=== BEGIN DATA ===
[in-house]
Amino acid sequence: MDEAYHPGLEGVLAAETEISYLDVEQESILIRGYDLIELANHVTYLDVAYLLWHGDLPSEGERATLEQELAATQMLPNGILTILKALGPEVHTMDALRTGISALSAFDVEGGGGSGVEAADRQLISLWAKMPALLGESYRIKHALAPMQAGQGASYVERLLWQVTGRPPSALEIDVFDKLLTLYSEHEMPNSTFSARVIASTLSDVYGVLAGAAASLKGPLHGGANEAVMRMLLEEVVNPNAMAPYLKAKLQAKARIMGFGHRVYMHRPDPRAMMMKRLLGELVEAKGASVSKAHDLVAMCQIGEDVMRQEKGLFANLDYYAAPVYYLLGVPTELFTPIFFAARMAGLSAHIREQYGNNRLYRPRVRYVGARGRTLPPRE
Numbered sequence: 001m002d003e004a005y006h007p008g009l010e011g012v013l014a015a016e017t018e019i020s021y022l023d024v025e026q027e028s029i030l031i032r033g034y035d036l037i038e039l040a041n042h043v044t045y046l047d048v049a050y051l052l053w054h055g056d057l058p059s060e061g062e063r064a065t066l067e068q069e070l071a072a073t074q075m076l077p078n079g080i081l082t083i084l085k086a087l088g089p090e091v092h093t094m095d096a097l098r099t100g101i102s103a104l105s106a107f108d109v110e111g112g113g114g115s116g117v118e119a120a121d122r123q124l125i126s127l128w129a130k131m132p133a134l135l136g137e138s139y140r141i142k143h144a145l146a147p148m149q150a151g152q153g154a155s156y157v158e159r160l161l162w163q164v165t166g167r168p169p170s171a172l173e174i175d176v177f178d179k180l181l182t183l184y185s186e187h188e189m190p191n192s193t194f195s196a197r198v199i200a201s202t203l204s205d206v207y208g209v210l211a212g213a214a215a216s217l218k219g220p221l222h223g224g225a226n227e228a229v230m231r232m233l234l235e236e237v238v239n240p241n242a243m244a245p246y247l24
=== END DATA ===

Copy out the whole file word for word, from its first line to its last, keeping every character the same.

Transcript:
[in-house]
Amino acid sequence: MDEAYHPGLEGVLAAETEISYLDVEQESILIRGYDLIELANHVTYLDVAYLLWHGDLPSEGERATLEQELAATQMLPNGILTILKALGPEVHTMDALRTGISALSAFDVEGGGGSGVEAADRQLISLWAKMPALLGESYRIKHALAPMQAGQGASYVERLLWQVTGRPPSALEIDVFDKLLTLYSEHEMPNSTFSARVIASTLSDVYGVLAGAAASLKGPLHGGANEAVMRMLLEEVVNPNAMAPYLKAKLQAKARIMGFGHRVYMHRPDPRAMMMKRLLGELVEAKGASVSKAHDLVAMCQIGEDVMRQEKGLFANLDYYAAPVYYLLGVPTELFTPIFFAARMAGLSAHIREQYGNNRLYRPRVRYVGARGRTLPPRE
Numbered sequence: 001m002d003e004a005y006h007p008g009l010e011g012v013l014a015a016e017t018e019i020s021y022l023d024v025e026q027e028s029i030l031i032r033g034y035d036l037i038e039l040a041n042h043v044t045y046l047d048v049a050y051l052l053w054h055g056d057l058p059s060e061g062e063r064a065t066l067e068q069e070l071a072a073t074q075m076l077p078n079g080i081l082t083i084l085k086a087l088g089p090e091v092h093t094m095d096a097l098r099t100g101i102s103a104l105s106a107f108d109v110e111g112g113g114g115s116g117v118e119a120a121d122r123q124l125i126s127l128w129a130k131m132p133a134l135l136g137e138s139y140r141i142k143h144a145l146a147p148m149q150a151g152q153g154a155s156y157v158e159r160l161l162w163q164v165t166g167r168p169p170s171a172l173e174i175d176v177f178d179k180l181l182t183l184y185s186e187h188e189m190p191n192s193t194f195s196a197r198v199i200a201s202t203l204s205d206v207y208g209v210l211a212g213a214a215a216s217l218k219g220p221l222h223g224g225a226n227e228a229v230m231r232m233l234l235e236e237v238v239n240p241n242a243m244a245p246y247l24